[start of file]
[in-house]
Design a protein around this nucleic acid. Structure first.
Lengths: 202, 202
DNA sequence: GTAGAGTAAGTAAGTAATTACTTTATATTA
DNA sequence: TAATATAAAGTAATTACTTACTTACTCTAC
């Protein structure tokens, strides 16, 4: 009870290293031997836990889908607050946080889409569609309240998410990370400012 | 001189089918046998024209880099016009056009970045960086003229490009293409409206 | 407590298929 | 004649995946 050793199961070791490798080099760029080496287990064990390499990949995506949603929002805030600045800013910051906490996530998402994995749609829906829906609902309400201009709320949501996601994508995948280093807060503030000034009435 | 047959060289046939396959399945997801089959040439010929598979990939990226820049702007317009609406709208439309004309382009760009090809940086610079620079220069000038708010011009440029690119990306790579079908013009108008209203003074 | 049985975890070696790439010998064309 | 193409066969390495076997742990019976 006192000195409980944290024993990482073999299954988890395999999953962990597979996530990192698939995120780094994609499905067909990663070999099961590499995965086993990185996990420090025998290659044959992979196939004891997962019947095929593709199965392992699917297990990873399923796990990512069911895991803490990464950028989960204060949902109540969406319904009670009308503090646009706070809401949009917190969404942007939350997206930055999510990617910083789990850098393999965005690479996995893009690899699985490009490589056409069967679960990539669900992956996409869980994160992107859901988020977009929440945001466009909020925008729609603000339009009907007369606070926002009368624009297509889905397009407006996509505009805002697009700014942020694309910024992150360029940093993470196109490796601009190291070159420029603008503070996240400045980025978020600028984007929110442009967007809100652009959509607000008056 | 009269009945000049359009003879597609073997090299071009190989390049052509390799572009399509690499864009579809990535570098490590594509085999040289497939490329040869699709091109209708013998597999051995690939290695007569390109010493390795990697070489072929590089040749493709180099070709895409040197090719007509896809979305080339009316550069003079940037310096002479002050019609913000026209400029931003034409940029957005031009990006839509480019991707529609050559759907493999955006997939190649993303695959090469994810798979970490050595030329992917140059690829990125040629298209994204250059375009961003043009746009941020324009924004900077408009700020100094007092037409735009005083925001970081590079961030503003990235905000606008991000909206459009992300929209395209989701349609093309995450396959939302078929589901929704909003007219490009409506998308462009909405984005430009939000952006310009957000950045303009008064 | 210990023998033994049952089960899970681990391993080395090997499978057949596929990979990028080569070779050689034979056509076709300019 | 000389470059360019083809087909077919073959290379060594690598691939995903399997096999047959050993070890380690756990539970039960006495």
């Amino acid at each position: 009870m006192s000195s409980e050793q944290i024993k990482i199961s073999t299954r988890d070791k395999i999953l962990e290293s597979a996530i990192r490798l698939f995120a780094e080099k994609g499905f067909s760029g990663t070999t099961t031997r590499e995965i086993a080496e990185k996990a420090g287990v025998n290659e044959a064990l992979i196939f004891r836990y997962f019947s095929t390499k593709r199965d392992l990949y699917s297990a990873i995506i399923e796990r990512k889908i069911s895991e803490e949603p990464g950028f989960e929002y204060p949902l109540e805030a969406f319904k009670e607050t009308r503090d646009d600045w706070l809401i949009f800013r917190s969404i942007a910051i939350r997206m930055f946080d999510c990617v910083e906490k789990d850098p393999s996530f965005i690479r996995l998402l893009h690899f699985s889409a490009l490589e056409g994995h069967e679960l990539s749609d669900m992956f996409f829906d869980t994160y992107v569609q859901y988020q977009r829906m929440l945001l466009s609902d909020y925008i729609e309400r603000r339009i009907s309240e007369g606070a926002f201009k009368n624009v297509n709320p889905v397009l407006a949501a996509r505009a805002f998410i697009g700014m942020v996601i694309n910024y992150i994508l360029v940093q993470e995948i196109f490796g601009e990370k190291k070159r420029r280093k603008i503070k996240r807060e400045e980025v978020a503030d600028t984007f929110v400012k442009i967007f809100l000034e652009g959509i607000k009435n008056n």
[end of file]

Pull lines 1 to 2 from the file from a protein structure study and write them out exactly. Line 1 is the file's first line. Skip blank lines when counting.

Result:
[in-house]
Design a protein around this nucleic acid. Structure first.